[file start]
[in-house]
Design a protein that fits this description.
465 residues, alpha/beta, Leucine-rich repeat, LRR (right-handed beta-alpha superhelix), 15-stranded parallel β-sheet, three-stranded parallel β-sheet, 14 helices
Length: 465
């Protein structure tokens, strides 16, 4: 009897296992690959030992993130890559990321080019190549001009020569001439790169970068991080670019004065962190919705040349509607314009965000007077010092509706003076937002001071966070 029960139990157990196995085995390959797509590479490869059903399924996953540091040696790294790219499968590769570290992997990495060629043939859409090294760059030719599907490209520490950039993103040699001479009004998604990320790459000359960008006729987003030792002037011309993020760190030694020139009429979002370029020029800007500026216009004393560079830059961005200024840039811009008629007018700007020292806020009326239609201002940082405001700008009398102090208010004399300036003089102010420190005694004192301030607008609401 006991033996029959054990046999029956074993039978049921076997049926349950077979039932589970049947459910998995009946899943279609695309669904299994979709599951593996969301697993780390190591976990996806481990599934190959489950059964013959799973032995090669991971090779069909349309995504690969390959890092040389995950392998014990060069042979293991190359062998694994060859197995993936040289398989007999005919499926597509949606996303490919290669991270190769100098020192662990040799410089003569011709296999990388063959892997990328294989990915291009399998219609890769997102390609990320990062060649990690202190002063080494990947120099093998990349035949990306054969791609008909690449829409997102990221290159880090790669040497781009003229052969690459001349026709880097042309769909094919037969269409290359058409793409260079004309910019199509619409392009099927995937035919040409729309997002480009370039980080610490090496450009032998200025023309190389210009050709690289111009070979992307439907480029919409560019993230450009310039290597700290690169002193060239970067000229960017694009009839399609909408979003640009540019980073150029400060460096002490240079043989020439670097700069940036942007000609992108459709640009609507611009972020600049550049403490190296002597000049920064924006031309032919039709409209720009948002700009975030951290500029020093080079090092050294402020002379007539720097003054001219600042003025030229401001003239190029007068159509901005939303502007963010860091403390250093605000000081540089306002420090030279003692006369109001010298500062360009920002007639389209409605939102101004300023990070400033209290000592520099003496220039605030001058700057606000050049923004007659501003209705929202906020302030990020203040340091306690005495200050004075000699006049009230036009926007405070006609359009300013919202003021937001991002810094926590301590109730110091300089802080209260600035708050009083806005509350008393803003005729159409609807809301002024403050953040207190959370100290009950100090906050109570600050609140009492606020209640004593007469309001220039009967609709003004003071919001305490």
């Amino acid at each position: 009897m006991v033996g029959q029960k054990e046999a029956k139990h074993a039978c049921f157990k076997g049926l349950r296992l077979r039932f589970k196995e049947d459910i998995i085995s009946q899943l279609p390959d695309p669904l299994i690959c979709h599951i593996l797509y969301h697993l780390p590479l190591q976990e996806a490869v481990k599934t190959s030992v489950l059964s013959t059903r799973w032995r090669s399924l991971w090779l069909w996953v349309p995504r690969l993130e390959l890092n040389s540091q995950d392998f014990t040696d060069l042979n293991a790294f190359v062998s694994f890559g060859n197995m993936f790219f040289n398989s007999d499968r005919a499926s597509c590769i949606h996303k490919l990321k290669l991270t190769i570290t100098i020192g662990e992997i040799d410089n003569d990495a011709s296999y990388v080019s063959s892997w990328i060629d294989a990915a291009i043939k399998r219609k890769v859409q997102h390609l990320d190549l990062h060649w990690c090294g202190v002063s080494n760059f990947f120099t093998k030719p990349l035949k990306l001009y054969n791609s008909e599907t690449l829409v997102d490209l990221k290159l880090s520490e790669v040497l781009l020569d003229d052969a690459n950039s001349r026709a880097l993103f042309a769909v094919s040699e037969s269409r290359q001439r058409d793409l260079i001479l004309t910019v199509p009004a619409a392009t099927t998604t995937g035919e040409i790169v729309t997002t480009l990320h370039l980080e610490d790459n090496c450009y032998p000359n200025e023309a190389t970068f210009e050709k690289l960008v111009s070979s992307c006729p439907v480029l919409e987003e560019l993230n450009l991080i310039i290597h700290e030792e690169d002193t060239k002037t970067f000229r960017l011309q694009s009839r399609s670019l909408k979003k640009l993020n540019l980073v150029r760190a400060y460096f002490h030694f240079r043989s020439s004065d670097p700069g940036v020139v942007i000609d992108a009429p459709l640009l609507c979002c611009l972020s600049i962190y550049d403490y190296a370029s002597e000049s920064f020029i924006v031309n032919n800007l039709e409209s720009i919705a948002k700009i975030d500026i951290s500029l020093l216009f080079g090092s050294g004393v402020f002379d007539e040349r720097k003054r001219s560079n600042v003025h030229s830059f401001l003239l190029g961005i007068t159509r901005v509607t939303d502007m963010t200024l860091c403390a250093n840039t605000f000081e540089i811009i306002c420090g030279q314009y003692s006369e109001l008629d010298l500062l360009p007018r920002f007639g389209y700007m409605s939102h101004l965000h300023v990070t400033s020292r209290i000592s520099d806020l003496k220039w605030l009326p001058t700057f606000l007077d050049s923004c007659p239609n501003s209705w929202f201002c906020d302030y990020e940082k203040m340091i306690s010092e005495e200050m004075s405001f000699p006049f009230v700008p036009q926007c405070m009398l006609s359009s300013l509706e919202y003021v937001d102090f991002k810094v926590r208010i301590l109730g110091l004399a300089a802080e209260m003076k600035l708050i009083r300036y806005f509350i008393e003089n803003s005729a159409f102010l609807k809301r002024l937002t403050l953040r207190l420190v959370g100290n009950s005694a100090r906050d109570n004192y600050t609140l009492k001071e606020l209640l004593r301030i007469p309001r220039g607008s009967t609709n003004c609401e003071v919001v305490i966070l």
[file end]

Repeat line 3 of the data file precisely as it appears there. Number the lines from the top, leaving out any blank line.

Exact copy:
465 residues, alpha/beta, Leucine-rich repeat, LRR (right-handed beta-alpha superhelix), 15-stranded parallel β-sheet, three-stranded parallel β-sheet, 14 helices